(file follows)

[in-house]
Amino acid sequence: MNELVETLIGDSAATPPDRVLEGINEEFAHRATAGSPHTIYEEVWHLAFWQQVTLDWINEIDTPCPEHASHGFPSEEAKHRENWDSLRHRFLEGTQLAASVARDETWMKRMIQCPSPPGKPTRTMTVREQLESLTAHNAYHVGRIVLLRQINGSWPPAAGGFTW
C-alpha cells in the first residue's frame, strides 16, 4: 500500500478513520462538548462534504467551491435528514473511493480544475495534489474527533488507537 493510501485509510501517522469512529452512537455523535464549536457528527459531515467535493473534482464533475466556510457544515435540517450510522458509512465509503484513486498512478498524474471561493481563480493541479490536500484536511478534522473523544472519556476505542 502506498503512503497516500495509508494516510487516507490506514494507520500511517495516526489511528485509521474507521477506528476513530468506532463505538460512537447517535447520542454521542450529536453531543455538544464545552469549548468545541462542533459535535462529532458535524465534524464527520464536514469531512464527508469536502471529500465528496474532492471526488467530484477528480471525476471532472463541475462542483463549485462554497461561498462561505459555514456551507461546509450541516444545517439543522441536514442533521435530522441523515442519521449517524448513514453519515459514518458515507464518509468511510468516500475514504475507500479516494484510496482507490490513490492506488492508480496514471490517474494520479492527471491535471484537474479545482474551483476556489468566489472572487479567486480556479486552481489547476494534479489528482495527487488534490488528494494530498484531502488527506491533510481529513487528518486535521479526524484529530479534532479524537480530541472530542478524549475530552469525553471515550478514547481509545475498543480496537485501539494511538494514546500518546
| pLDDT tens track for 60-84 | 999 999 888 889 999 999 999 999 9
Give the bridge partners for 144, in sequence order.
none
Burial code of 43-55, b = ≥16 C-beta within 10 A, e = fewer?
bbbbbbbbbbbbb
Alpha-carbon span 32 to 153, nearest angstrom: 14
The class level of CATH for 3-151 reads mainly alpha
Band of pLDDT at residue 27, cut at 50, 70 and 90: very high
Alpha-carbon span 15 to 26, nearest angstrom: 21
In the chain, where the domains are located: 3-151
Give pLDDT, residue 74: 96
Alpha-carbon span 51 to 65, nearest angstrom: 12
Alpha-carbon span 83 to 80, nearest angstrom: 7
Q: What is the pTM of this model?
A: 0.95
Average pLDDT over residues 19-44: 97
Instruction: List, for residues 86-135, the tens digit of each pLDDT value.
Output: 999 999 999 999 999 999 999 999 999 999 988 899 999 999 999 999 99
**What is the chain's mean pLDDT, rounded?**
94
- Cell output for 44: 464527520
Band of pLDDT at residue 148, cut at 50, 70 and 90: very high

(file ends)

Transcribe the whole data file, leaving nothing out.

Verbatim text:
[in-house]
Amino acid sequence: MNELVETLIGDSAATPPDRVLEGINEEFAHRATAGSPHTIYEEVWHLAFWQQVTLDWINEIDTPCPEHASHGFPSEEAKHRENWDSLRHRFLEGTQLAASVARDETWMKRMIQCPSPPGKPTRTMTVREQLESLTAHNAYHVGRIVLLRQINGSWPPAAGGFTW
C-alpha cells in the first residue's frame, strides 16, 4: 500500500478513520462538548462534504467551491435528514473511493480544475495534489474527533488507537 493510501485509510501517522469512529452512537455523535464549536457528527459531515467535493473534482464533475466556510457544515435540517450510522458509512465509503484513486498512478498524474471561493481563480493541479490536500484536511478534522473523544472519556476505542 502506498503512503497516500495509508494516510487516507490506514494507520500511517495516526489511528485509521474507521477506528476513530468506532463505538460512537447517535447520542454521542450529536453531543455538544464545552469549548468545541462542533459535535462529532458535524465534524464527520464536514469531512464527508469536502471529500465528496474532492471526488467530484477528480471525476471532472463541475462542483463549485462554497461561498462561505459555514456551507461546509450541516444545517439543522441536514442533521435530522441523515442519521449517524448513514453519515459514518458515507464518509468511510468516500475514504475507500479516494484510496482507490490513490492506488492508480496514471490517474494520479492527471491535471484537474479545482474551483476556489468566489472572487479567486480556479486552481489547476494534479489528482495527487488534490488528494494530498484531502488527506491533510481529513487528518486535521479526524484529530479534532479524537480530541472530542478524549475530552469525553471515550478514547481509545475498543480496537485501539494511538494514546500518546
| pLDDT tens track for 60-84 | 999 999 888 889 999 999 999 999 9
Give the bridge partners for 144, in sequence order.
none
Burial code of 43-55, b = ≥16 C-beta within 10 A, e = fewer?
bbbbbbbbbbbbb
Alpha-carbon span 32 to 153, nearest angstrom: 14
The class level of CATH for 3-151 reads mainly alpha
Band of pLDDT at residue 27, cut at 50, 70 and 90: very high
Alpha-carbon span 15 to 26, nearest angstrom: 21
In the chain, where the domains are located: 3-151
Give pLDDT, residue 74: 96
Alpha-carbon span 51 to 65, nearest angstrom: 12
Alpha-carbon span 83 to 80, nearest angstrom: 7
Q: What is the pTM of this model?
A: 0.95
Average pLDDT over residues 19-44: 97
Instruction: List, for residues 86-135, the tens digit of each pLDDT value.
Output: 999 999 999 999 999 999 999 999 999 999 988 899 999 999 999 999 99
**What is the chain's mean pLDDT, rounded?**
94
- Cell output for 44: 464527520
Band of pLDDT at residue 148, cut at 50, 70 and 90: very high